When it comes to overdue payment letters, timing is everything. You'll want to make sure you send the letter at a time that’s convenient for your customer (e.g., not too early or late in the day), while still getting the message across that payment is past due and they need to be timely about it.
Generally speaking, we've found that sending letters out in the morning is best - customers are more likely to read and act on them right away if it's the first thing they see in their email inbox. We like to shoot overdue payment letters between 7:00am-9:00am on weekdays.
3. Include All Necessary Details About the Outstanding Invoice
Third, make sure you include all necessary details about the invoice in your overdue payment letter. This includes the amount due, when it was sent out, and any penalty fees that might be associated with late payments (if applicable). The idea is to make it as easy and simple as possible for customers to make their payments without having to search through old emails or contact you directly. By minimizing the amount of effort needed on their part, you'll increase the odds that they'll actually pay up.
4. Show Empathy and Understanding for Your Customer's Situation
It's not always easy to pay bills on time - even when you're trying your best - and a little understanding can go a long way. Don't be afraid to let them know that you understand their situation and are open to a chat if necessary.
This will help build trust with the customer, which is critical for any successful business relationship. And of course, it increases the likelihood that they'll pay up in a timely manner, since you're expressing compassion and sympathy.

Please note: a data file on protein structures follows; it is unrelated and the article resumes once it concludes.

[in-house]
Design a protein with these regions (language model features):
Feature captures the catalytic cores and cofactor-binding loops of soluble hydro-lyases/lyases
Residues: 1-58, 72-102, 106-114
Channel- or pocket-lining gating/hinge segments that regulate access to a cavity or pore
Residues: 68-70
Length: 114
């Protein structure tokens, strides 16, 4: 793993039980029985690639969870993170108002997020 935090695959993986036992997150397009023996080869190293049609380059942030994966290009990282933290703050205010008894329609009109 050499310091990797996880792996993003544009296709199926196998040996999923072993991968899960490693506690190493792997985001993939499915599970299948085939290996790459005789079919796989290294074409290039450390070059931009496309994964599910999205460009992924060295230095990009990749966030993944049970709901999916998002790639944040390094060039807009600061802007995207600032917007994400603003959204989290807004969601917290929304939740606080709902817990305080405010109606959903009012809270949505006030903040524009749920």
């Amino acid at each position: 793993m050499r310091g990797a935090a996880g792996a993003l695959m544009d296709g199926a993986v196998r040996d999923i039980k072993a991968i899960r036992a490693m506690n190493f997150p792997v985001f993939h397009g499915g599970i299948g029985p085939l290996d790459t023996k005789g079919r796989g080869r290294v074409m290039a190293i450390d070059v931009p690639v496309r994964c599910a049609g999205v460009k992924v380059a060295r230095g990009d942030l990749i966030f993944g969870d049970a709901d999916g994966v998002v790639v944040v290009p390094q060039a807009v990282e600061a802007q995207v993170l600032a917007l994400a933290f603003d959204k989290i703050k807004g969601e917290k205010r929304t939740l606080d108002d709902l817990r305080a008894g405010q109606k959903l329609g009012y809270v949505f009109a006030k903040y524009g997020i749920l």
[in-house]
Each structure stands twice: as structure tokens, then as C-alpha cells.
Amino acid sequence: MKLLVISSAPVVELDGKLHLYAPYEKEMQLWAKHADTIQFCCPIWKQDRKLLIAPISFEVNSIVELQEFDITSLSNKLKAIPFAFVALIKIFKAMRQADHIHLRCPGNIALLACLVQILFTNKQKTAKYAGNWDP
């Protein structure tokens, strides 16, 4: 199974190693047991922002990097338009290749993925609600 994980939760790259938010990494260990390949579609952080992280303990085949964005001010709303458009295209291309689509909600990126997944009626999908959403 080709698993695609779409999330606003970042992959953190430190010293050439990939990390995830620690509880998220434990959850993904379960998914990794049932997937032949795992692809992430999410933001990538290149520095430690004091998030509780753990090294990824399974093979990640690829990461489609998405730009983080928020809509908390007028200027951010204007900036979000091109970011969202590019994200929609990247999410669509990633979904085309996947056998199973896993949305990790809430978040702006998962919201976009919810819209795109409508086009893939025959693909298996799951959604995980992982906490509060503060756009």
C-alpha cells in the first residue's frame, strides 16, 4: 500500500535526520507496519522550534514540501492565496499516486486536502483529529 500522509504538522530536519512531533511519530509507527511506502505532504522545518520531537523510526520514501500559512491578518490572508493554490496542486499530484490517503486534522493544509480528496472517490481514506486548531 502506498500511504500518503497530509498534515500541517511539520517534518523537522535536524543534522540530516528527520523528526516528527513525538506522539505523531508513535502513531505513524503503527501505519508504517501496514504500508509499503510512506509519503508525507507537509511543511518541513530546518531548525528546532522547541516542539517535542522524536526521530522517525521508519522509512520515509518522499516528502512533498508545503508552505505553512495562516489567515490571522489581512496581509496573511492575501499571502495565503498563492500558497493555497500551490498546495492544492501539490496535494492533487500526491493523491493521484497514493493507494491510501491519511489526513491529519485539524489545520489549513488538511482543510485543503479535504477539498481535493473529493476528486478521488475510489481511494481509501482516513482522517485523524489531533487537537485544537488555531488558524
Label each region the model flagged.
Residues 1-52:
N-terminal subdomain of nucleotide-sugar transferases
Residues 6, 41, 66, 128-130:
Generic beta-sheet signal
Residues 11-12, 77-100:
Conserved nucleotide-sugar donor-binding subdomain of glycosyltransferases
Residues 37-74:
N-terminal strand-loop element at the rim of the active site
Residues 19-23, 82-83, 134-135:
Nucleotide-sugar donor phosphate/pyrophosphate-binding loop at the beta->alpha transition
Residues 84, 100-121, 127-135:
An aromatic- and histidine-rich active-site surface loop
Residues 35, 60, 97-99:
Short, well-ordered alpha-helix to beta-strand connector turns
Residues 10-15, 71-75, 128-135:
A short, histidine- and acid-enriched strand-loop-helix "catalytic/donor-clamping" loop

5. Suggest Alternative Payment Plans
Consider offering alternative payment plans. If a customer is having trouble paying their invoice in full, suggest splitting it up into smaller payments over time. This way, they still get the services or products they need without breaking the bank in one fell swoop.
This also shows customers that you're willing to work with them and appreciate their business - which can go a long way towards building strong relationships with your clients.
6. Mention Late Payment Fees and Penalties
Don't forget to mention any late payment fees and penalties associated with not paying on time. Try and describe them as precisely as possible - they'll owe exactly $X extra for every day/week/month they don't pay.
This is important because it shows customers that you're serious about getting your money back - and if they don't, there will be consequences. It can also act as an incentive to pay up sooner rather than later.
7. Send Regular Follow-ups
Don't be alarmed if your initial letter doesn't get a response right away - it's not uncommon for customers to ignore the first reminder. That's why it’s important to send follow up letters at regular intervals, reminding them that payment is still due and reiterating any late fees or additional charges associated with not paying on time. This is serious to your business, so don’t be afraid to remind your customers of that.